A Trump administration probe into whether Obama-era officials improperly tried to identify those whose names had been redacted in intelligence reports, has concluded with no charges and no public report.
The Washington Post reports sources as saying that he has concluded his review after finding no substantive wrongdoing — news likely to irritate Donald Trump at a moment in which he is already angry with AG Barr and the Justice Department.
Conservatives have long tried to frame the “unmasking” of redacted names in classified documents as a political conspiracy. It is a common practice used to help understand confidential reports.
Republican senators made public a list of officials who made “unmasking” requests in late 2016 and early 2017 that eventually led to the identification of Michael Flynn. Justice Department spokesperson Kerri Kupec then revealed the existence of Mr Bash’s review.
The investigation was initially pushed by Congressmen Devin Nunes, with senators Ron Johnson, Chuck Grassley, and Rand Paul releasing the list of Obama-era officials in May.
While “unmasking” is allowed, the probe looked into the frequency and motives of the requests and whether officials passed information to journalists, the Post reports.
The findings are set to likely disappoint the president who has repeatedly demanded that charges be brought against his political opponents, namely Joe Biden, Barack Obama, and Hillary Clinton. During a live radio interview last week Trump was informed by host Rush Limbaugh that John Durham, the prosecutor appointed by Mr Barr to looking into the FBI’s investigation of his 2016 campaign, would also not be issuing a report before the election on 3 November.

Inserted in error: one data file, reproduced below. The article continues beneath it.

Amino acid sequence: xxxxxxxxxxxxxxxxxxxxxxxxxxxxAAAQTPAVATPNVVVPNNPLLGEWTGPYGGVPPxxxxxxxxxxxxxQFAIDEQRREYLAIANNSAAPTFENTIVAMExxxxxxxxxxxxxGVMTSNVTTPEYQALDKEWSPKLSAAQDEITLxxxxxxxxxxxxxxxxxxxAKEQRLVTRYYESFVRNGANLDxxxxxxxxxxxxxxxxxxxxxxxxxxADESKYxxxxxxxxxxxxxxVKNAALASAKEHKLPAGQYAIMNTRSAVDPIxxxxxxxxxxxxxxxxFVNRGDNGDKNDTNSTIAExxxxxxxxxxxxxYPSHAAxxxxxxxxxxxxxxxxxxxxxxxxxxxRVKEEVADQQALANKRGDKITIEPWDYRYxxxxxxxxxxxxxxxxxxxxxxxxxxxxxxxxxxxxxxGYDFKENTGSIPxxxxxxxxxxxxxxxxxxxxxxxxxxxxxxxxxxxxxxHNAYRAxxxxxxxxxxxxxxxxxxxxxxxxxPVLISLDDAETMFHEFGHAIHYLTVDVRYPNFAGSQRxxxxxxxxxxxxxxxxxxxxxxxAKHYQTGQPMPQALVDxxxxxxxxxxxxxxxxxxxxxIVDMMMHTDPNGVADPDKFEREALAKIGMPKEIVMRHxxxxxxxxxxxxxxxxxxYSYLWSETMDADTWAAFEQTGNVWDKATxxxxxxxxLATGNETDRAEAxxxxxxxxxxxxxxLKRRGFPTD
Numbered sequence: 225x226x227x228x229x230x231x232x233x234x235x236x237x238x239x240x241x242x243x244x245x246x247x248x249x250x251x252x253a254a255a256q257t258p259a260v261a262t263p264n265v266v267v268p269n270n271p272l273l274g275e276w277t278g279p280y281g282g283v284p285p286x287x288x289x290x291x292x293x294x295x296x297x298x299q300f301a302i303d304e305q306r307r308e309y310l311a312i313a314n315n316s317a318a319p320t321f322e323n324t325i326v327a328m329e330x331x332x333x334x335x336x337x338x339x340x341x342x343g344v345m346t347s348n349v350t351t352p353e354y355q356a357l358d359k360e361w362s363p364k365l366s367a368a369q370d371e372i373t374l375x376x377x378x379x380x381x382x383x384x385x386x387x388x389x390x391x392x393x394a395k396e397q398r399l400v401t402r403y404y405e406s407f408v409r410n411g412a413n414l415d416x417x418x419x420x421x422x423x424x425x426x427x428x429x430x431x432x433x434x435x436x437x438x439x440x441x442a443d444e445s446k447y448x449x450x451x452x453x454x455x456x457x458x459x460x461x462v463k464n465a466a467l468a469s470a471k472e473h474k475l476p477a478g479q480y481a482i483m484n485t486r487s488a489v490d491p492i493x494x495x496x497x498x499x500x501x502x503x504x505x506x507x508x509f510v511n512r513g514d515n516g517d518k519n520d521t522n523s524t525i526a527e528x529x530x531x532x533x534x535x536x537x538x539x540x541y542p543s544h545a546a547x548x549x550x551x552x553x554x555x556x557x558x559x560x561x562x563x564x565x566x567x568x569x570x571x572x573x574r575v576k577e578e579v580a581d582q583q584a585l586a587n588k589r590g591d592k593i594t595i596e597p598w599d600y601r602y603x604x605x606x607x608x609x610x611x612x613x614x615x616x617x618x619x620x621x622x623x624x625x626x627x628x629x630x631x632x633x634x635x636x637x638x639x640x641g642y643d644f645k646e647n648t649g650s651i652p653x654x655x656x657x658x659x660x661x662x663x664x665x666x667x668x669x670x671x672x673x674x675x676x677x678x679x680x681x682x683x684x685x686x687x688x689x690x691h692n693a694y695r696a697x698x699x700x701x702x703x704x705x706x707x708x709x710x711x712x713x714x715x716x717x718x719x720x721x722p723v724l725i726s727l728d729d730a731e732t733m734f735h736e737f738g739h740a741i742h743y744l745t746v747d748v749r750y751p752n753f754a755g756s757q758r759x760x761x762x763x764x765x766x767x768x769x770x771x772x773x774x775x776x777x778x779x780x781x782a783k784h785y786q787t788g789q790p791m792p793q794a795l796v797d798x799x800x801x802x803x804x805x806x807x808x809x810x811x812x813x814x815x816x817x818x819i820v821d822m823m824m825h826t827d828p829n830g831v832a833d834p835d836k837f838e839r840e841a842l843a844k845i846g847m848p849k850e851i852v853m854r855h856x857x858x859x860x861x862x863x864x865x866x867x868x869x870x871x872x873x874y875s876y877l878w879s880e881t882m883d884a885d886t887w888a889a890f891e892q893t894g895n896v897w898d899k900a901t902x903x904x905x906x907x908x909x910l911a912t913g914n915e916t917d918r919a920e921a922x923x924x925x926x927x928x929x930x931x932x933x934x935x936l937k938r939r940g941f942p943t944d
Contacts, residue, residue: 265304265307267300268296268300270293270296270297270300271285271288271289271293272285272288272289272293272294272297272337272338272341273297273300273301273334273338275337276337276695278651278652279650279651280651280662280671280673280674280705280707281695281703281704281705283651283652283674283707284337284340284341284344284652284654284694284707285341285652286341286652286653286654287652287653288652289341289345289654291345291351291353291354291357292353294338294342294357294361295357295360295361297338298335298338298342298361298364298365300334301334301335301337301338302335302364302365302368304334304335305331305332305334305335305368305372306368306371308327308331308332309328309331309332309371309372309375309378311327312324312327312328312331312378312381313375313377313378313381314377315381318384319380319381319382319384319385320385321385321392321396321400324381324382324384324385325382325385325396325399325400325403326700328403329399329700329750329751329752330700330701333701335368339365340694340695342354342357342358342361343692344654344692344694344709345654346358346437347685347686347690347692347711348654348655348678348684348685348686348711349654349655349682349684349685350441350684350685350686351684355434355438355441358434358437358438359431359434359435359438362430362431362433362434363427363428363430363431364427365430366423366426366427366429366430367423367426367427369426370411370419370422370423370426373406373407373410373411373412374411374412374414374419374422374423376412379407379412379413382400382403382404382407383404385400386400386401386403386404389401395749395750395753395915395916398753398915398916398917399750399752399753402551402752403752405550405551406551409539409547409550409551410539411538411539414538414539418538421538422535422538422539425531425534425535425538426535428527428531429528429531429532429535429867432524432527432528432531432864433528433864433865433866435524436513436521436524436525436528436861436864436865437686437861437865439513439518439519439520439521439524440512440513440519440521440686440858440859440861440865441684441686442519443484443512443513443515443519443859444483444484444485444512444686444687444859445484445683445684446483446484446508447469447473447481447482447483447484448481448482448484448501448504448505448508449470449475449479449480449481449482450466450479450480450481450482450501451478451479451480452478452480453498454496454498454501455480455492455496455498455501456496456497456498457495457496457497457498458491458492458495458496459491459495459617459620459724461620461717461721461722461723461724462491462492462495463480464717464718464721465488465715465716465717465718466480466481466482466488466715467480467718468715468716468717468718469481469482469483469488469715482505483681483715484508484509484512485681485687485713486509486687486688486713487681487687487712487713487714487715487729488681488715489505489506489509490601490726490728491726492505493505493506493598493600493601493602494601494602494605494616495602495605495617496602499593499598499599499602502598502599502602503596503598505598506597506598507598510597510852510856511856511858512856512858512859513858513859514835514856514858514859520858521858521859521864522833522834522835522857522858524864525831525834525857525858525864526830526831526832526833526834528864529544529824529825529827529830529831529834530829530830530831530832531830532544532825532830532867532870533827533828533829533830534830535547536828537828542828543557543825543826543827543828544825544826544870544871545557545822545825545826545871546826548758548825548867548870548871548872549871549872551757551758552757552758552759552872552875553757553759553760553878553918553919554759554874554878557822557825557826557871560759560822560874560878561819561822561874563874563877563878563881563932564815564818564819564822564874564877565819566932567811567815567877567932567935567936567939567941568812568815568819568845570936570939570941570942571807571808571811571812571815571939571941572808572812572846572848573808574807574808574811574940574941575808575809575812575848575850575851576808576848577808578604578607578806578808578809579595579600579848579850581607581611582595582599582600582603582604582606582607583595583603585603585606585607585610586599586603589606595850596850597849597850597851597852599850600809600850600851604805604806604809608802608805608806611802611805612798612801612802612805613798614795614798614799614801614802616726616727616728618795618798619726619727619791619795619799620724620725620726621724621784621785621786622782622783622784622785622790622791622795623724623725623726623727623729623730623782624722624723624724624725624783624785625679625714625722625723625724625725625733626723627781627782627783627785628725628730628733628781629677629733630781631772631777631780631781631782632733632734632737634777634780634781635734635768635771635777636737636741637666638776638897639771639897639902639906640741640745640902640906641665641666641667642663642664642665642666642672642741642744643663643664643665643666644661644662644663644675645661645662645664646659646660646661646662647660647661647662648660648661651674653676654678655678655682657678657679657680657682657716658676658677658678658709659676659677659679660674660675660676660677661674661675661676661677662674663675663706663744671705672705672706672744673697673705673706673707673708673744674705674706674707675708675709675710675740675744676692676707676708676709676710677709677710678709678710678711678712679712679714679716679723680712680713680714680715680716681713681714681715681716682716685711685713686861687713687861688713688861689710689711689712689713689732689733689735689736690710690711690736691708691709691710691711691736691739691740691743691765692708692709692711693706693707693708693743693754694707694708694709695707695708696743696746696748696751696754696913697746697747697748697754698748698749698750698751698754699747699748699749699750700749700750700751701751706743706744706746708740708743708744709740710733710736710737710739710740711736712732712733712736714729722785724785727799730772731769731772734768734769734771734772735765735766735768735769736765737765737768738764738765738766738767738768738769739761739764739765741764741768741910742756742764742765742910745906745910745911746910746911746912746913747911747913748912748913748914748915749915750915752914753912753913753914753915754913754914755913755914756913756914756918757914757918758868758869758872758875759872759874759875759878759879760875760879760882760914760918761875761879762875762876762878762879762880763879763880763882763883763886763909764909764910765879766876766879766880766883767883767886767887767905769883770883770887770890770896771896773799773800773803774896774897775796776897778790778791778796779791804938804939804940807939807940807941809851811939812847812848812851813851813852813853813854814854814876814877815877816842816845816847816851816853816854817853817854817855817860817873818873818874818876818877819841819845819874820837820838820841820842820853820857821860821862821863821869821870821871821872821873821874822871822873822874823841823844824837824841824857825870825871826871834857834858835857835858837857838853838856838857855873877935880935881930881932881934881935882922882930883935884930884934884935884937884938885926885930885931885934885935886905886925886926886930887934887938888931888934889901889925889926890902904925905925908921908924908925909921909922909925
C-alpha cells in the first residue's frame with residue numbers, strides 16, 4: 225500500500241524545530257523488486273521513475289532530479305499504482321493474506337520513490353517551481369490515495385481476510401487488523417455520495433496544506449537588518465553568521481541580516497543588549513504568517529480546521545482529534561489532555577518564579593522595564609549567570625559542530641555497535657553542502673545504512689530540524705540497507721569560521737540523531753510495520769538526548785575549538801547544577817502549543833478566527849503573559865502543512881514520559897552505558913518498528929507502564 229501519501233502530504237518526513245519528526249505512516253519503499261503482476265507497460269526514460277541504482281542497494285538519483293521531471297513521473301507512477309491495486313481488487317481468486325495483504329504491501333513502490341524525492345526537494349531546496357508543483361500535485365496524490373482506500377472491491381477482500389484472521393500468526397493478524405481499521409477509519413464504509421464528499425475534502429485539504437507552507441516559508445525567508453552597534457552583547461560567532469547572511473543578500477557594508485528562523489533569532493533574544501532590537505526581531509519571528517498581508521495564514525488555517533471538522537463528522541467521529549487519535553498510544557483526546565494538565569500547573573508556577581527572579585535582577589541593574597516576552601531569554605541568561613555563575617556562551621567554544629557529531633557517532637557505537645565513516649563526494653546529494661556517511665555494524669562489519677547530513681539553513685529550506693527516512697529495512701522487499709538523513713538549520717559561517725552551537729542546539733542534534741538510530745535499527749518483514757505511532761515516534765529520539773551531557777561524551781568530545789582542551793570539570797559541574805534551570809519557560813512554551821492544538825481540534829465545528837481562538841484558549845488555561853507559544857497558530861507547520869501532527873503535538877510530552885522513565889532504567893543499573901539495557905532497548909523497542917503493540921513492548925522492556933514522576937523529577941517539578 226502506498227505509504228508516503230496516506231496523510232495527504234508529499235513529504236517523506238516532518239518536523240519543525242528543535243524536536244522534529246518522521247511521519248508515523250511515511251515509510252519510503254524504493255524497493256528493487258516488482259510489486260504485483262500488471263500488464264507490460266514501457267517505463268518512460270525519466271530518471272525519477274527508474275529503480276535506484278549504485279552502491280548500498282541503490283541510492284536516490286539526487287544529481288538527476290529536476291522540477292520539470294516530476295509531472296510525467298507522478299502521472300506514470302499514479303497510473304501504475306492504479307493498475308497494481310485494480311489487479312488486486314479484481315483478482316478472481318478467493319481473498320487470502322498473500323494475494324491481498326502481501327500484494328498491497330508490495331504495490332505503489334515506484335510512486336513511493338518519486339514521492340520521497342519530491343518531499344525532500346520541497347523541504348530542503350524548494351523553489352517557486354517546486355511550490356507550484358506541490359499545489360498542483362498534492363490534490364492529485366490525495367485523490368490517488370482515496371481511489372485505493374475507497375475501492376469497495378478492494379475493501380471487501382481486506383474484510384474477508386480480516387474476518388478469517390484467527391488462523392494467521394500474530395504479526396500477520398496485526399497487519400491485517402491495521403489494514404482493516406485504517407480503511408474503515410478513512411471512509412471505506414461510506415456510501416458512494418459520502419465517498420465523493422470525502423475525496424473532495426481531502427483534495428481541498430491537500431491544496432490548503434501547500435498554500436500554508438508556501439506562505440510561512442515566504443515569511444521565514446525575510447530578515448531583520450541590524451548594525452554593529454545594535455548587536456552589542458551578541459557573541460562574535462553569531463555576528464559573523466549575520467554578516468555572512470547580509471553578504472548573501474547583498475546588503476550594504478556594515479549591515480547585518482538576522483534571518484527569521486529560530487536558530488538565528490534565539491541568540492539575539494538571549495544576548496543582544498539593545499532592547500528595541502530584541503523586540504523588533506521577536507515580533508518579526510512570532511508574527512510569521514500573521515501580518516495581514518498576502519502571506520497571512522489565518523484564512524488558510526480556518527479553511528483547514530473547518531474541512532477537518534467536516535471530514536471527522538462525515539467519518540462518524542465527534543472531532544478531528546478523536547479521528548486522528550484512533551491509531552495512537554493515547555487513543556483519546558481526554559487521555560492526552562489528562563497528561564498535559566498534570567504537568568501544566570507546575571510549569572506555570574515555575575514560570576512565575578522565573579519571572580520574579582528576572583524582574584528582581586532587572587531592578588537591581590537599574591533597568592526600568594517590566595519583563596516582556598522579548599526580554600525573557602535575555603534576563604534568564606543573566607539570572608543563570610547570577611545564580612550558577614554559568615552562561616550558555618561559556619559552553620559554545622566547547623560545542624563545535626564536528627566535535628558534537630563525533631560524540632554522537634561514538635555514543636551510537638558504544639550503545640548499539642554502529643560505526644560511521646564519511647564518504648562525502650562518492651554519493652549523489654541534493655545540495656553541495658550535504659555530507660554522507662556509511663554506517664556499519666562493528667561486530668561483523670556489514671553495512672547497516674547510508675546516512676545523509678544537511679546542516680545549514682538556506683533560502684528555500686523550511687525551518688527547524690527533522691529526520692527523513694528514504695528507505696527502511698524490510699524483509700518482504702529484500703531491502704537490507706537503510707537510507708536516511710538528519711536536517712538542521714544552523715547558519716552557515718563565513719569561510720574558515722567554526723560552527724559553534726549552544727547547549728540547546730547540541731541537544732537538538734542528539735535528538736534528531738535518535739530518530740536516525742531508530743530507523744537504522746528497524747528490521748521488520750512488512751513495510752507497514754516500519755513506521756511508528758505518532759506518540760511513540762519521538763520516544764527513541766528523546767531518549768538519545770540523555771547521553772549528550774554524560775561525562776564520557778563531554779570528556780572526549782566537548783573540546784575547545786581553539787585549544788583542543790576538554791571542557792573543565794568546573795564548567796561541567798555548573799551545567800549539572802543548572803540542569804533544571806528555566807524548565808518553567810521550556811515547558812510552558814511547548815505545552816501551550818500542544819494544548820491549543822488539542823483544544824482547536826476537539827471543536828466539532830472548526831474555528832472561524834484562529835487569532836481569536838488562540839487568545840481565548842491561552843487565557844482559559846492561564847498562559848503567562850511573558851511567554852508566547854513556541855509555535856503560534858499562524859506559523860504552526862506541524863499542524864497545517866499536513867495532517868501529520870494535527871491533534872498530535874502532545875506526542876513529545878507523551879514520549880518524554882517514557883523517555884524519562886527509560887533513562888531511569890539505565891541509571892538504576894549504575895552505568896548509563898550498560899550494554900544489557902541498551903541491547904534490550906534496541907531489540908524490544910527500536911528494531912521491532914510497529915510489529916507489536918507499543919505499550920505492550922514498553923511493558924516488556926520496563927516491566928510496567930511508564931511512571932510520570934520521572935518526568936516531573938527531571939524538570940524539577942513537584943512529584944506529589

Mr Trump vowed to confront Barr over the matter, calling it an “embarrassment” and "a disgrace".
This politicisation of Justice Department activities is of great concern to many legal observers as even if no wrongdoing is found, Mr Trump and his allies can continue to say that their opponents from the Obama administration are under investigation and use that to their political advantage.
Prosecutors generally do not make public developments in cases close to elections in case they affect the results as dictated by Justice Department policies and traditions.
Mr Bash left the Justice Department last week to accept a position in the private sector.
He made no mention of the “unmasking” probe and any matters he oversaw will now be the responsibility of Gregg Sofer who will replace him as US Attorney.
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